AutoZone - GM Parts Direct

AutoZone store in Hillsborough, North Carolina.

AutoZone is a retailer and distributor of aftermarket automotive parts and accessories.[2] based in Memphis, Tennessee.[3]


Originally a division of Memphis-based wholesale grocer Malone & Hyde, the company went under the name Auto Shack. After the sale of the grocery operation to the Fleming Companies of Oklahoma City, the name of the company was changed to AutoZone to reflect the new focus and to settle a lawsuit brought by Tandy Corporation for trademark infringement.[4] AutoZone holds the naming rights to the downtown Memphis baseball stadium that is the home of the Memphis Redbirds of the Pacific Coast League. The company also sponsors the AutoZone Liberty Bowl.

1979 Forrest City, Arkansas, was site for the first AutoZone store[2] under the name of Auto Shack. Doc Crain was the store’s first manager. Sales that first day totaled $300.00

In 1981, Express Parts or VDP is implemented to get the customers hard to find parts by special ordering them through wholesalers. Total stores was 73 in 7 states.

In 1984, the company became the first auto parts retailer to create a quality control program for its parts. Total stores was 194 in 13 states.

In 1985, Doc Crain coined the term WITTDTJR, which stands for “What it takes to do the job right.” Total store count is 263 in 14 states.

By 1986, expansion had made the company grow into a large store chain across the South and the Midwest. That year, Darren Reltherford, manager of Auto Shack’s Memphis branch, received the first Extra Miler award, which has since been given to AutoZoners who show their dedication to customer satisfaction by “going the extra mile” for customer service. The Duralast line of alternators and starters is released. The Loan-A-Tool program begins allowing customers the ability to borrow specific tools for jobs. The 4th Distribution Center in Greenville, SC opens. Total of stores is 339 in 15 states.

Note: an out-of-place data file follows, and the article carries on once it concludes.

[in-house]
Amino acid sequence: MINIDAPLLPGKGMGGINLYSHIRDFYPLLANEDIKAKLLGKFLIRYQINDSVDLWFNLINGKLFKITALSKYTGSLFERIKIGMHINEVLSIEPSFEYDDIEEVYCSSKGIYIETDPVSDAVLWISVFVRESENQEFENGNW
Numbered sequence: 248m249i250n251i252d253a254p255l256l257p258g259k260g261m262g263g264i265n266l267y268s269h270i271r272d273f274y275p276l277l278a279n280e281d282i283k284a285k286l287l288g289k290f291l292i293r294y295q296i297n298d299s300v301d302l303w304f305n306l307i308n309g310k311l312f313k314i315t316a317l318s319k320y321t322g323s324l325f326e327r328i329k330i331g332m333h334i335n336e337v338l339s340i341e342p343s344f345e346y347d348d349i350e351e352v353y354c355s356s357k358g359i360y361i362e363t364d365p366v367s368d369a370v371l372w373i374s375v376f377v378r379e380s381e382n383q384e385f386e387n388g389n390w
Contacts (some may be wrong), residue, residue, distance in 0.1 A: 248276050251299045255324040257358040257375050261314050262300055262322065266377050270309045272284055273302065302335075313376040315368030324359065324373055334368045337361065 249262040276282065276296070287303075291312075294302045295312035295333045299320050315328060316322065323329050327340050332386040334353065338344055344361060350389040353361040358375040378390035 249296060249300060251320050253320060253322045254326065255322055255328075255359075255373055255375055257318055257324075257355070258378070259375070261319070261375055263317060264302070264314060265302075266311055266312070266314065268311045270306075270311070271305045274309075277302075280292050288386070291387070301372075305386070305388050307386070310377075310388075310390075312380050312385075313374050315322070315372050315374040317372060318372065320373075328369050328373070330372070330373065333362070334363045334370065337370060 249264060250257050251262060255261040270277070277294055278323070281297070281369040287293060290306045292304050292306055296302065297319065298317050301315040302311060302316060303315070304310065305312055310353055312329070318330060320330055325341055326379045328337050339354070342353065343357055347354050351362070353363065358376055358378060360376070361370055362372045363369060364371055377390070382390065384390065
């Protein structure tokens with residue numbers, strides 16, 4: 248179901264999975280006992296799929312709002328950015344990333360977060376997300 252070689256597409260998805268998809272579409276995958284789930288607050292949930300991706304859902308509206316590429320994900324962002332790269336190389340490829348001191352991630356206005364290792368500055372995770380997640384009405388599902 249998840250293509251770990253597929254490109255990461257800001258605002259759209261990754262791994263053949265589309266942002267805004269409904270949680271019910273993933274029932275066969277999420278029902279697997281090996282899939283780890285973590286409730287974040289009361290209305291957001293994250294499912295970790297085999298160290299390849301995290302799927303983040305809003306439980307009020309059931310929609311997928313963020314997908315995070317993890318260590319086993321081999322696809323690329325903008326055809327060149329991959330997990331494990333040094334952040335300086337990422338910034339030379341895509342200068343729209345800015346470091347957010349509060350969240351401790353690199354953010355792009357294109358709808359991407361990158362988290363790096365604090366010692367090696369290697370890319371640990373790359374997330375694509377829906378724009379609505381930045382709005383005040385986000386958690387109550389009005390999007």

In 1988, Auto Shack officially changed its name to AutoZone. This would mark the beginning of an era of large expansion for the company, as it would soon open stores in other areas across the United States. That year also, the company introduced WITT-JR, an electronic catalog used to look up parts and keep warranty information. Total of stores is now 459 in 16 states.

In 1989, the company began using a computerized store management system (SMS). The Duralast battery line is released consisting of Sub-Zero, Desert and long life. Total of stores is 513 in 17 states.

In 1991, its stock began trading on the New York Stock Exchange. It opened up at $27.50 a share. It was then valued at $1 billion. The 5th DC opens in Lafayette, LA. The company also became the first auto parts retailer to register customer warranties in a computer database.

In 1994, AutoZone began using satellites to facilitate communication between stores and the corporate office. Sales hit $1.5 billion.

In 1995, their 1,000th store was opened on Bardstown Road in Louisville, Kentucky. Also, the Duralast trademark made its debut with the Duralast and Duralast Gold batteries. Total of stores is now 1,143 in 26 states.

1996 was the year when the Internet era arrived at the company, when AutoZone opened its company Web site. The new commercial program was debuted in Germantown, Tennessee. ALLDATA, a software company that provides automotive diagnostic and repair information was acquired.

In 1998, AutoZone acquired 112 Auto Palace stores in six states in the northeastern United States, 43 TruckPro L.P. stores in 14 states, and 560 Chief Auto Parts Inc. stores in 5 states. At the commencement of fiscal 1999, AutoZone made another acquisition by purchasing 100 Express stores from The Pep Boys—Manny, Moe & Jack. The company began a process of internationalization with their first store abroad, which opened in Nuevo Laredo, Mexico. AutoZone closed the 1990s by debuting at the Fortune 500 list in 1999.